We have three IS enviourments and one of them is for developping. Each time, when we update the package, we have to export it and ftp to other IS directories(…/IntegrationServer/replicate/inbound) and publish the package through IE admin page.
But we have hundreds of packages? Is there a better way to do this? And we 've noticed that in IS ,there is a “package” directory for all the packages, can we just copy them into there directly? that would be much easier.
Or is there other better way?
Thanks a lot.
You didn’t mention anything about source code control systems. Appendix H of the 6.x Developer’s Guide discusses how to use a third-party scc system with IS development.
Outside of webMethods, you use scripts to check in the components of your packages to your scc system. You then run similar scripts to check then out on your target system and finally run the JCode utility to recompile java services.
Of course, you can skip the entire source code control system step and just copy your packages to the target system and run JCode. However, that would be unwise as you would have no way of rolling back an accidental change.
Quick question about doing source control. We are using CVS to do source control and Ant/Maven to do the build. We need to know if after checking the code out for a build, do we need to reload the package? Some of the changes in the java services and/or flow or config files could require the package to be reloaded? Do you advise to reload the package or restart the server? In any case, how can we automate the package update (reload the package) or server restart in order to allow Ant/Maven to refresh the runtime information in memory. Thanks in advance for the help!
You could use webMethods Deployer to tranport bunch of packages all at once to different environments.
Yes the wM Deployer could be a very useful to deploy all the packages as full version the first time, then you could deploy only in patches also stating the versions of the release not only to to IS but to Multiple IS’s.
I agree that the Deployer is a good solution, but it requires manual intervention. We are trying to automate it using Ant/Maven and it requires to do the deployment programatically.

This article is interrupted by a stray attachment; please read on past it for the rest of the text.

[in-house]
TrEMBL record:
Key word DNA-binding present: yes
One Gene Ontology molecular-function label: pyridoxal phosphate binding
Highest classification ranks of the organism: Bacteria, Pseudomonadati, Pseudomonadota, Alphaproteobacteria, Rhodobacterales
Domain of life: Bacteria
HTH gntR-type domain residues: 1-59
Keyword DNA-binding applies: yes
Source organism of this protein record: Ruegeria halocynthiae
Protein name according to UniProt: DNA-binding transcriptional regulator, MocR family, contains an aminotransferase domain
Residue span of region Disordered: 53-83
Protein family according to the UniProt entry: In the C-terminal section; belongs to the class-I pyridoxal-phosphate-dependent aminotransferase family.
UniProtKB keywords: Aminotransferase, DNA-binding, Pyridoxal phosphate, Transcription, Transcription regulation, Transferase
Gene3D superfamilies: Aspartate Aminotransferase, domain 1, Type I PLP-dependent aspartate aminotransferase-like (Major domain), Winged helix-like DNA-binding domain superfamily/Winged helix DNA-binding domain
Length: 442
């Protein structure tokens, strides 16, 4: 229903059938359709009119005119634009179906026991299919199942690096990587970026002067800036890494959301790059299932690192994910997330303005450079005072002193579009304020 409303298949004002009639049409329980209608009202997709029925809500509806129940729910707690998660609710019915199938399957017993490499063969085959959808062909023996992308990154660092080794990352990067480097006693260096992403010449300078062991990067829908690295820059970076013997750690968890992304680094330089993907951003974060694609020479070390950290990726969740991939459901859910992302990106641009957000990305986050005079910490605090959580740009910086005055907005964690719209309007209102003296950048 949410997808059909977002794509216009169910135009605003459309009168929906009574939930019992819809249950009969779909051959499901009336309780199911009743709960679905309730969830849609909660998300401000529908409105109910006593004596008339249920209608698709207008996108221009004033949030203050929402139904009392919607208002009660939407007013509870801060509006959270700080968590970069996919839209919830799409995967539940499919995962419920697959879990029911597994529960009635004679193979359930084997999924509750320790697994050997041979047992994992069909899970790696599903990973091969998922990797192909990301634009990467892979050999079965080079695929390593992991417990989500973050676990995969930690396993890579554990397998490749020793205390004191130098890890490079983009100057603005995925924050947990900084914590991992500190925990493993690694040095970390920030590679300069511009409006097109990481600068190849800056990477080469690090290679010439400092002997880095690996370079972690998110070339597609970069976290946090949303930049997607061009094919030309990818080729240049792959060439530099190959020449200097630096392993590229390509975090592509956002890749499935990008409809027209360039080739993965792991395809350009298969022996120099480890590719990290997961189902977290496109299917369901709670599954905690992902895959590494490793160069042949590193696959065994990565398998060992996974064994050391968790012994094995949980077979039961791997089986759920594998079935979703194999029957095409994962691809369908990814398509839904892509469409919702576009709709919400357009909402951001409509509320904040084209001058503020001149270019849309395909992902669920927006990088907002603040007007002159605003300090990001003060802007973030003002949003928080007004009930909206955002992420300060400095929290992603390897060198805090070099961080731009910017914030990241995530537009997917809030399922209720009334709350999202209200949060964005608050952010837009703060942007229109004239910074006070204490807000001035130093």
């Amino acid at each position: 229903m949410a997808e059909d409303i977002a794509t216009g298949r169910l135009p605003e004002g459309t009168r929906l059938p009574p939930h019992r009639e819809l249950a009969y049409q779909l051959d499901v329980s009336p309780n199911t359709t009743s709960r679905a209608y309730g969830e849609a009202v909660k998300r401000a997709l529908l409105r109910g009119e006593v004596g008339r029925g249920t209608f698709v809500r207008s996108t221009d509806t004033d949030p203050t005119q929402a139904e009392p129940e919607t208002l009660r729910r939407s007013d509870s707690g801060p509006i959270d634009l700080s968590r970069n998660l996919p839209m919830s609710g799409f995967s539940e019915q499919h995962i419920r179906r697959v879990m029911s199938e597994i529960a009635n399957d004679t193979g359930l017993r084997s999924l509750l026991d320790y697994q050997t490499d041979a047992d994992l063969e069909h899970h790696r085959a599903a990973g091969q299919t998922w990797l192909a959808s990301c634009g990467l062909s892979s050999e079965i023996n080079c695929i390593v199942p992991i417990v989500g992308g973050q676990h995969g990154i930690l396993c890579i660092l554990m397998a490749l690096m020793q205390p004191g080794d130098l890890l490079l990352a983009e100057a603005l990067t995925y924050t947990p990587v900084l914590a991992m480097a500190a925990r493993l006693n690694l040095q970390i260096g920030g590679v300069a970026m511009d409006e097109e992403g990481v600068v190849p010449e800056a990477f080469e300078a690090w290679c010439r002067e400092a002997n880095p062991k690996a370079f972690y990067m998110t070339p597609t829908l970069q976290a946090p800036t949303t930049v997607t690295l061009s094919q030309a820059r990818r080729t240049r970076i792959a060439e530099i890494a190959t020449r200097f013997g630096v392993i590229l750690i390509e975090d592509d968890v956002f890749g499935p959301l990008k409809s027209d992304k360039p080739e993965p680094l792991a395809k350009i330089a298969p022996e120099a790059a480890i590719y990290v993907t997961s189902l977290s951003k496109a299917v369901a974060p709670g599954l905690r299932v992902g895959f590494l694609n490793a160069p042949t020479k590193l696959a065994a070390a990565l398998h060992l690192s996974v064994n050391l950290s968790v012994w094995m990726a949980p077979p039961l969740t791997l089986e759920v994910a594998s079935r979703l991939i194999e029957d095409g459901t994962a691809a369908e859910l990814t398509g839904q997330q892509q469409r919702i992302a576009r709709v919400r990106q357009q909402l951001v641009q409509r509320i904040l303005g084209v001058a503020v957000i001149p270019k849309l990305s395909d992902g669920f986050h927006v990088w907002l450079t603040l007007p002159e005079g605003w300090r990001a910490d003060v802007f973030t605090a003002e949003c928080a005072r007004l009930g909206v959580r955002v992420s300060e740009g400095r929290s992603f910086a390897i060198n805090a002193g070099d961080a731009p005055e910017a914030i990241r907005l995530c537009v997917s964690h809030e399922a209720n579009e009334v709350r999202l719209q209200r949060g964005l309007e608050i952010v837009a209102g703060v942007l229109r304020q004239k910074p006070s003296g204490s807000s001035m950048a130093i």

I already know who to do the CSV checkout/in stuff, and how to update the packages easily. I also know that for java services it’s required to recompile the source code using the “jcode” utility (using parameters such as: frag, make, and comp).
But, what I need to find out is how to reload a package programatically without requiring someone to manually do that. Any suggestions???
I am quite sure this would help some other folks out there trying to do a decent build process with webMethods.
Thanks in advance!
Deployer can be run in silent or unattended mode after you use its web UI to create the 10 zillion objects to describe deployment sets and targets. However, as far as I know Deployer is completely and totally unaware of version control systems like CVS, Visual SourceSafe, StarTeam, etc. This means that you need to manually check-out from your vcs prior to building the deployment sets manually prior to any type of automated deployment.
IMHO, Deployer is a good fit when you need to deploy to dozens of hundreds of targets, but overkill for only a handful of targets.
despite this thread is quite old, there are new informations:
Deployer can select the artifacts from a source IS for runtime based deployment.
Meanwhile with the introduction of Asset Build Environment there is a repository based deployment possible.
But this not able for all asset types especially when they have database parts like process models.
I did not check the features of wM 10.x or CommandCentral yet.
It might be that the repository based deployment can’t handle all the asset types possible with the runtime based deployment, but it can easily deploy process models. We do it successfully for a quite long time already.
I’d very much like to know how to deploy “server wide” configs via repo based deployment (e.g. file access configuration, SFTP aliases etc), but that would be the topic of a separate thread.
I just wrote this to encourage you to use the repo based deployment as it has, IMO, some advantages over the runtime based one.
thanks for sharing your opinion about this.
We will check this during our upcoming migration to 10.x in the future.
For the time being we are quite familiar with Runtime-based deployments currently.